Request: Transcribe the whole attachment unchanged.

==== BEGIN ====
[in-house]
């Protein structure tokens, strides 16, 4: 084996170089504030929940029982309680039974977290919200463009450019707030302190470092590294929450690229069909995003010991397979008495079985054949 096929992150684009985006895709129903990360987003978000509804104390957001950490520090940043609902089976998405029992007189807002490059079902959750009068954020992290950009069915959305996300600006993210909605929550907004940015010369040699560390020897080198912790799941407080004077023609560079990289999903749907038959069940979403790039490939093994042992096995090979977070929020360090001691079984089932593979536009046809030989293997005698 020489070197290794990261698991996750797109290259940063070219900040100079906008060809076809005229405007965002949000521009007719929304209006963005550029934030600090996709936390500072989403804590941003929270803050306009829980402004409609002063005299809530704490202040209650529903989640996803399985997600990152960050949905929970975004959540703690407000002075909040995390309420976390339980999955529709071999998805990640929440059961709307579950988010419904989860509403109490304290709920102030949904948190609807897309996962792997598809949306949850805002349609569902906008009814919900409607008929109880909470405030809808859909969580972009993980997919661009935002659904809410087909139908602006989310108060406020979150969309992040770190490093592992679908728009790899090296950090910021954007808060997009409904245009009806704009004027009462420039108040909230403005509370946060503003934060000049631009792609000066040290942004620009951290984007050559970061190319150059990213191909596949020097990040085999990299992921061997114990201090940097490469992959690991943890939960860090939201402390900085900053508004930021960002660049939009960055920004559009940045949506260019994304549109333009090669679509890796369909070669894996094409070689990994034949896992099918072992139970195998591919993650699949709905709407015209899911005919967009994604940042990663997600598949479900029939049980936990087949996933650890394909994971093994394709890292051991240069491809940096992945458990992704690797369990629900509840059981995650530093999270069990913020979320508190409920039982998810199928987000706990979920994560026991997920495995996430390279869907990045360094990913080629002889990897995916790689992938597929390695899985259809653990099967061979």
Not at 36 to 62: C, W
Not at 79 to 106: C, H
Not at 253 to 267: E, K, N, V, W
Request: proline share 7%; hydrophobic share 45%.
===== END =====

[in-house]
């Protein structure tokens, strides 16, 4: 084996170089504030929940029982309680039974977290919200463009450019707030302190470092590294929450690229069909995003010991397979008495079985054949 096929992150684009985006895709129903990360987003978000509804104390957001950490520090940043609902089976998405029992007189807002490059079902959750009068954020992290950009069915959305996300600006993210909605929550907004940015010369040699560390020897080198912790799941407080004077023609560079990289999903749907038959069940979403790039490939093994042992096995090979977070929020360090001691079984089932593979536009046809030989293997005698 020489070197290794990261698991996750797109290259940063070219900040100079906008060809076809005229405007965002949000521009007719929304209006963005550029934030600090996709936390500072989403804590941003929270803050306009829980402004409609002063005299809530704490202040209650529903989640996803399985997600990152960050949905929970975004959540703690407000002075909040995390309420976390339980999955529709071999998805990640929440059961709307579950988010419904989860509403109490304290709920102030949904948190609807897309996962792997598809949306949850805002349609569902906008009814919900409607008929109880909470405030809808859909969580972009993980997919661009935002659904809410087909139908602006989310108060406020979150969309992040770190490093592992679908728009790899090296950090910021954007808060997009409904245009009806704009004027009462420039108040909230403005509370946060503003934060000049631009792609000066040290942004620009951290984007050559970061190319150059990213191909596949020097990040085999990299992921061997114990201090940097490469992959690991943890939960860090939201402390900085900053508004930021960002660049939009960055920004559009940045949506260019994304549109333009090669679509890796369909070669894996094409070689990994034949896992099918072992139970195998591919993650699949709905709407015209899911005919967009994604940042990663997600598949479900029939049980936990087949996933650890394909994971093994394709890292051991240069491809940096992945458990992704690797369990629900509840059981995650530093999270069990913020979320508190409920039982998810199928987000706990979920994560026991997920495995996430390279869907990045360094990913080629002889990897995916790689992938597929390695899985259809653990099967061979």
Not at 36 to 62: C, W
Not at 79 to 106: C, H
Not at 253 to 267: E, K, N, V, W
Request: proline share 7%; hydrophobic share 45%.